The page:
Olivia on the Hill: Weston, Davies and Mayes
CIVIX team member Olivia Dorey is meeting with Members of Parliament to learn about the presence of politicians in schools and how we can build and improve our programs.
Today’s blog recaps Olivia’s meetings with MPs John Weston, Libby Davies and Colin Mayes.
John Weston is the Conservative MP for West Vancouver – Sunshine Coast – Sea to Sky Country, and proud father of three teenagers. He deems himself very lucky to be the “conduit, custodian of the most beautiful community on earth.” He manages his riding “without fear of favor,” which is to say that it doesn’t matter if you voted for him or not, and hopes that his presence helps to cultivate leadership.
Weston does his best to support or attend at least one event per geographic, cultural, demographic, or issue-based “community” in his riding each year. Weston supports “Hey Day!,” an annual student-run volunteer and engagement fair, as well as an annual competition for grade 6/7 students in his riding called the MP Book Award to brand “good writing as cool!”
Libby Davies is the NDP MP for Vancouver East, which she has represented since 1997. Her constituency office is often visited by students and teachers. She is very active in the schools in her riding, and they often receive packages of political odds-and-ends that her office collects for them. She also offers a scholarship to one student in each school who is recognized by the staff as a great contributor to their community.
She is a strong advocate for more minority representation in parliament, and calls on those youth especially to become involved. Davies always strives to make politics, and more specifically committee work and the public service, real for people. She denounces Question Period and the portrayal of politics in the media as misrepresentative of the hard work done by MPs.
Colin Mayes is the Conservative MP for Okanagan – Shuswap, BC. He was elected as mayor when he was only 25 and completed his university degree by distance education upon the advice of the “hardworking people who had asked him to run.” He left office, and decided to join federal politics when his wife pushed him to bring his leadership skills to Ottawa.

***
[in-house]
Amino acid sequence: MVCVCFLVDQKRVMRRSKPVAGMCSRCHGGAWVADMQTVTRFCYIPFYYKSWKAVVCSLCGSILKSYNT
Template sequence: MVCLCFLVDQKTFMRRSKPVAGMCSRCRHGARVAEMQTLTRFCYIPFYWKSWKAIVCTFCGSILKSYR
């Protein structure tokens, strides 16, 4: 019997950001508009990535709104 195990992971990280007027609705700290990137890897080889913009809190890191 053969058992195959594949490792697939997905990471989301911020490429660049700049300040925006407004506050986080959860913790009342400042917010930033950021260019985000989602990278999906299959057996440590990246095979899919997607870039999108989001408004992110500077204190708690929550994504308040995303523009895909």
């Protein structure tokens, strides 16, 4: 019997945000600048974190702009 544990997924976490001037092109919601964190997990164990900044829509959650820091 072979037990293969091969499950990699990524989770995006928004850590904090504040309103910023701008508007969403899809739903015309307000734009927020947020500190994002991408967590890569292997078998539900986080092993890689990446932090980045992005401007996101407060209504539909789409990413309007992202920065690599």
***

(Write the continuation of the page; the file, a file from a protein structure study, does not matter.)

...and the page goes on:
Mayes is concerned that we live in a society where we are not politically literate, and is often incorrectly referred to as an MLA, and has even been introduced as the ‘Right Honorable’ (a title reserved exclusively for the Prime Minister). He hopes to help young people understand the challenges in governing a country this size, and won’t talk about which convictions made him choose the CPC as he calls on students to “do your own research, you can’t just vote like your parents do.”
He suggests that politicians are a reflection of the people that they represent, and while his faith is a huge part of his accountability, he believes that people are guided by different things, “none of which is more perfect than others.” It is his hope that young people will be guided by the spirit of service to uphold a virtuous society, by fulfilling their civic duties as well as enjoying their civic rights, and simply by asking, “why not me?”
Critical of the paradigm that “none of the political candidates or parties represents me,” Mayes has a very simple recommendation: get involved in the selection process of the candidate for the party which most closely reflects your values. It is through this process that you can mold the party in the image of your priorities and needs.
Stay tuned for more of Olivia’s meetings!
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